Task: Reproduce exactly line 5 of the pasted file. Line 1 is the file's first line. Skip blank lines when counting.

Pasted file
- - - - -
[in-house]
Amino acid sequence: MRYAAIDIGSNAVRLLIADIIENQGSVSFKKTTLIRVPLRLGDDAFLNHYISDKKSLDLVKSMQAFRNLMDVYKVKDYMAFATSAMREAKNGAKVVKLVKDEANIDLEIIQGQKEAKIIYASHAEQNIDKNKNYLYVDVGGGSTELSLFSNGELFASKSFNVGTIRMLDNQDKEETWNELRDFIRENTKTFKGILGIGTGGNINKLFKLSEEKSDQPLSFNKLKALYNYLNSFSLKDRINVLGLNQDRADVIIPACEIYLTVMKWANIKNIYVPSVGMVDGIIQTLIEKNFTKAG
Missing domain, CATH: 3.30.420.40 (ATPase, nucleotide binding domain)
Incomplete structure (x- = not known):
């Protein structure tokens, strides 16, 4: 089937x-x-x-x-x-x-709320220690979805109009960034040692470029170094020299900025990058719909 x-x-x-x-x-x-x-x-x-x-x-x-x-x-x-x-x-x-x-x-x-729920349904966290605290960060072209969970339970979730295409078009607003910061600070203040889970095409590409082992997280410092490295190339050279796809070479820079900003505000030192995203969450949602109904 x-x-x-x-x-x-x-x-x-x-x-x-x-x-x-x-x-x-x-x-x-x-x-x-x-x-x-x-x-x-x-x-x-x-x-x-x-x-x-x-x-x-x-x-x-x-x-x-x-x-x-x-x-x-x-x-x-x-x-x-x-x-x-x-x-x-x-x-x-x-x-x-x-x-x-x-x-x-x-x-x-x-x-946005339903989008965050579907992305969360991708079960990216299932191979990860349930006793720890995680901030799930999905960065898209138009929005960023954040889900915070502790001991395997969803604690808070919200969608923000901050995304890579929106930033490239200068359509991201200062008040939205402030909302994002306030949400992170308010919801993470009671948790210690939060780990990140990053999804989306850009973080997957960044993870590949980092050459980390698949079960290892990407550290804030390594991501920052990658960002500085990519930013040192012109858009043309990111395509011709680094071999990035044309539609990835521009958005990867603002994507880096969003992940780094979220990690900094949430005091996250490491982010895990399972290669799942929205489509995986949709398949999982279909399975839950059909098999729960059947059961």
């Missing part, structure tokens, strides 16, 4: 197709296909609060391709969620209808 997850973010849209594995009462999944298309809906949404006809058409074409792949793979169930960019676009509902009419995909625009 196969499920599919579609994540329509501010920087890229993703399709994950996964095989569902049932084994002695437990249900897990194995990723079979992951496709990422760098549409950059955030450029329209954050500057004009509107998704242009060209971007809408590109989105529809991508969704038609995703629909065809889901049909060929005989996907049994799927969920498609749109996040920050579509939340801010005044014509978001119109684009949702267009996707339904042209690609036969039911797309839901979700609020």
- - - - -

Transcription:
């Protein structure tokens, strides 16, 4: 089937x-x-x-x-x-x-709320220690979805109009960034040692470029170094020299900025990058719909 x-x-x-x-x-x-x-x-x-x-x-x-x-x-x-x-x-x-x-x-x-729920349904966290605290960060072209969970339970979730295409078009607003910061600070203040889970095409590409082992997280410092490295190339050279796809070479820079900003505000030192995203969450949602109904 x-x-x-x-x-x-x-x-x-x-x-x-x-x-x-x-x-x-x-x-x-x-x-x-x-x-x-x-x-x-x-x-x-x-x-x-x-x-x-x-x-x-x-x-x-x-x-x-x-x-x-x-x-x-x-x-x-x-x-x-x-x-x-x-x-x-x-x-x-x-x-x-x-x-x-x-x-x-x-x-x-x-x-946005339903989008965050579907992305969360991708079960990216299932191979990860349930006793720890995680901030799930999905960065898209138009929005960023954040889900915070502790001991395997969803604690808070919200969608923000901050995304890579929106930033490239200068359509991201200062008040939205402030909302994002306030949400992170308010919801993470009671948790210690939060780990990140990053999804989306850009973080997957960044993870590949980092050459980390698949079960290892990407550290804030390594991501920052990658960002500085990519930013040192012109858009043309990111395509011709680094071999990035044309539609990835521009958005990867603002994507880096969003992940780094979220990690900094949430005091996250490491982010895990399972290669799942929205489509995986949709398949999982279909399975839950059909098999729960059947059961």